Breitman Archive   |   Trotskyist Writers Index  |   ETOL Main Page

George Breitman

Pact’s Aims Are War, Dictatorships

Pledges Military Aid of U.S. to Crush Popular Uprisings

(28 March 1949)

From The Militant, Vol. 13 No. 13, 28 March 1949, pp. 1 & 2.
Transcribed & marked up by Einde O’Callaghan for the Encyclopaedia of Trotskyism On-Line (ETOL).

Preparations for World War III and counter-revolution in Europe are the main aims of the North Atlantic Pact, scheduled to be signed in Washington by representatives of eight countries during the first week of April.

This pact marks the formal establishment of a military “holy alliance” dominated by American imperialism and designed to promote the transformation of the present cold war into hot wars against (1) the Soviet Union and her satellites, (2) rebellious workers and peasants seeking to establish socialism in the countries bound by the pact.

This program, giving Washington a ring of advanced military bases around the Soviet Union, is presented to the world in the name of “international peace and security and justice” as a defense against “aggression.” But how would it look if the Soviet Union had pressured Canada, Mexico and the rest of Latin America into signing a pact which established Russian bases in those countries, supplied them with arms and committed them to come to the aid of the Soviet Union in any war in which it became involved?

Pact’s Main Clauses

Would such an act be any more aggressive than the one the U.S. government is now committing through the formation of the Atlantic Pact and the diplomatic strong-arm methods it used to drive several small European nations into line for the pact?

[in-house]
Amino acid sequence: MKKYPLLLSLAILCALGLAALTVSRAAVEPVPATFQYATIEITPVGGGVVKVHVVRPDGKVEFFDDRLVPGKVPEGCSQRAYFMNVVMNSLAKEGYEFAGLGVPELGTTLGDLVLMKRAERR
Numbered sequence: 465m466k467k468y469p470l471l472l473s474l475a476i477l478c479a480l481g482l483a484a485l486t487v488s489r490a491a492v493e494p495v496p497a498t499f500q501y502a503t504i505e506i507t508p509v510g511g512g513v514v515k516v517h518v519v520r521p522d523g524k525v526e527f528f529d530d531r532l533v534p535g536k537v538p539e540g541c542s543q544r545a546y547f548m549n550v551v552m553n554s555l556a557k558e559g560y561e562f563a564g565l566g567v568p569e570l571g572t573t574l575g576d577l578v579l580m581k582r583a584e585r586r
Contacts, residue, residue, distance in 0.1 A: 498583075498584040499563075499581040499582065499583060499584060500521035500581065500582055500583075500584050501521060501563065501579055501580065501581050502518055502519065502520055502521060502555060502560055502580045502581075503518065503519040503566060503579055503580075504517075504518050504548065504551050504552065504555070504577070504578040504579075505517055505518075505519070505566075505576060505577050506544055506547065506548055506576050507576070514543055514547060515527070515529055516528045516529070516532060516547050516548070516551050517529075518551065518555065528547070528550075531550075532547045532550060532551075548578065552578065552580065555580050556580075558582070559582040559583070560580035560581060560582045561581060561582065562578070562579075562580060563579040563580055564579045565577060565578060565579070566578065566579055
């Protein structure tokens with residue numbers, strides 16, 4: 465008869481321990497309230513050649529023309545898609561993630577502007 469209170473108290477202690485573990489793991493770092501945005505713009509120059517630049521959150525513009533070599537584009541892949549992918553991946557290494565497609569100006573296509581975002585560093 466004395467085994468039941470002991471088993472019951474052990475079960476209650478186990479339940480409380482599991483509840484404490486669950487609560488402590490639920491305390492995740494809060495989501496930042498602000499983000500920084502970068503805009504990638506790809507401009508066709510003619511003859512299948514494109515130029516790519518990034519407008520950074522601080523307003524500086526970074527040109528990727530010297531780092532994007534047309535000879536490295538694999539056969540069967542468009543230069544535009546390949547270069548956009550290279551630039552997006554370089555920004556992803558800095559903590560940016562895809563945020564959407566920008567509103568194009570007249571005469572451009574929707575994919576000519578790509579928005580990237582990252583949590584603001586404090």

Article 3 of the pact calls for a vast expansion inarms and military forces. Article 4 calls for consultation whenever “the territorial integrity, political independence or security of any of the parties is threatened.” Article 5 provides that in case of an “armed attack” on any of the pact members, each of them will take “such action as it deems necessary, including the use of armed force, to restore and maintain the security of the North Atlantic area.” Article 9 establishes a council and a “defense committee” to implement the pact. Article 10 permits the inclusion of other European states by unanimous agreement. Article 11 provides for the ratification of the pact by individual members after it has been signed. Article 13 binds them to the pact for at least 20 years.

Against Revolution

At a press conference on Mar. 18, the day the details of the pact were finally released, Secretary of State Acheson undertook to explain the meaning of Article 4 when a reporter asked if it meant the council could take action in case of an internal revolution in any of the countries.

Yes, there would be consultation, Acheson replied. In his opinion, “purely internal revolutionary activity would not be regarded as an armed attack; a revolutionary activity inspired, armed, directed from outside, however, was a different matter.”

The important thing here is not the diplomatic reservation about revolutionary activity from “outside,” but the fact that under this pact the participating governments assume the power to intervene When revolutions threaten or take place. “Purely internal” revolutions usually are, can, and under this pact surely will be denounced as foreign-instigated. (Remember, for example, that when the Dutch imperialists attacked the Indonesian Republic a few months ago, they called it a communist movement instigated from “outside.”)

Acheson also noted that under Article 4, Greece, if it was a member of the pact, could ask for help and the other members could send armed forces there to put down the opponents of the regime. The same thing, under the “outside direction” formula, could be done in France or Italy or any other country where the majority of the people rebelled against their capitalist rulers and sought to establish a workers and farmers government.

And even if all the pact members would not intervene in such situations, it is obvious that the governments getting arms from the U.S. will use them against “purely internal” revolutionary movemehts at home, or in their colonies.

“Freedom of the Air”